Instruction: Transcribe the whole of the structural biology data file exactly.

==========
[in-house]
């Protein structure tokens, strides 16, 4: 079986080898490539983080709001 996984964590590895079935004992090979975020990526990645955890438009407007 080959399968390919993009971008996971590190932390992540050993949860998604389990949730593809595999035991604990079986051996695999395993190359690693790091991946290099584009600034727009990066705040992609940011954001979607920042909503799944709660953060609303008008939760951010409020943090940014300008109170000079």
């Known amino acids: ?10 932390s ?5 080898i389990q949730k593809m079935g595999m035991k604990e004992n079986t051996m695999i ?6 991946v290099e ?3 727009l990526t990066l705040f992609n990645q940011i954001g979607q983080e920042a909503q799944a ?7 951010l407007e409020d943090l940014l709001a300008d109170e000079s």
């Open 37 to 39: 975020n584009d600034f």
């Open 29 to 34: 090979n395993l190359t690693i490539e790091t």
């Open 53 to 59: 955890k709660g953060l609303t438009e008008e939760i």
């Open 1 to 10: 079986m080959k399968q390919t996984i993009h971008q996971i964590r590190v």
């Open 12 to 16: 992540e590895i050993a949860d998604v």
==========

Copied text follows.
[in-house]
């Protein structure tokens, strides 16, 4: 079986080898490539983080709001 996984964590590895079935004992090979975020990526990645955890438009407007 080959399968390919993009971008996971590190932390992540050993949860998604389990949730593809595999035991604990079986051996695999395993190359690693790091991946290099584009600034727009990066705040992609940011954001979607920042909503799944709660953060609303008008939760951010409020943090940014300008109170000079």
């Known amino acids: ?10 932390s ?5 080898i389990q949730k593809m079935g595999m035991k604990e004992n079986t051996m695999i ?6 991946v290099e ?3 727009l990526t990066l705040f992609n990645q940011i954001g979607q983080e920042a909503q799944a ?7 951010l407007e409020d943090l940014l709001a300008d109170e000079s």
């Open 37 to 39: 975020n584009d600034f």
């Open 29 to 34: 090979n395993l190359t690693i490539e790091t």
């Open 53 to 59: 955890k709660g953060l609303t438009e008008e939760i």
């Open 1 to 10: 079986m080959k399968q390919t996984i993009h971008q996971i964590r590190v």
């Open 12 to 16: 992540e590895i050993a949860d998604v």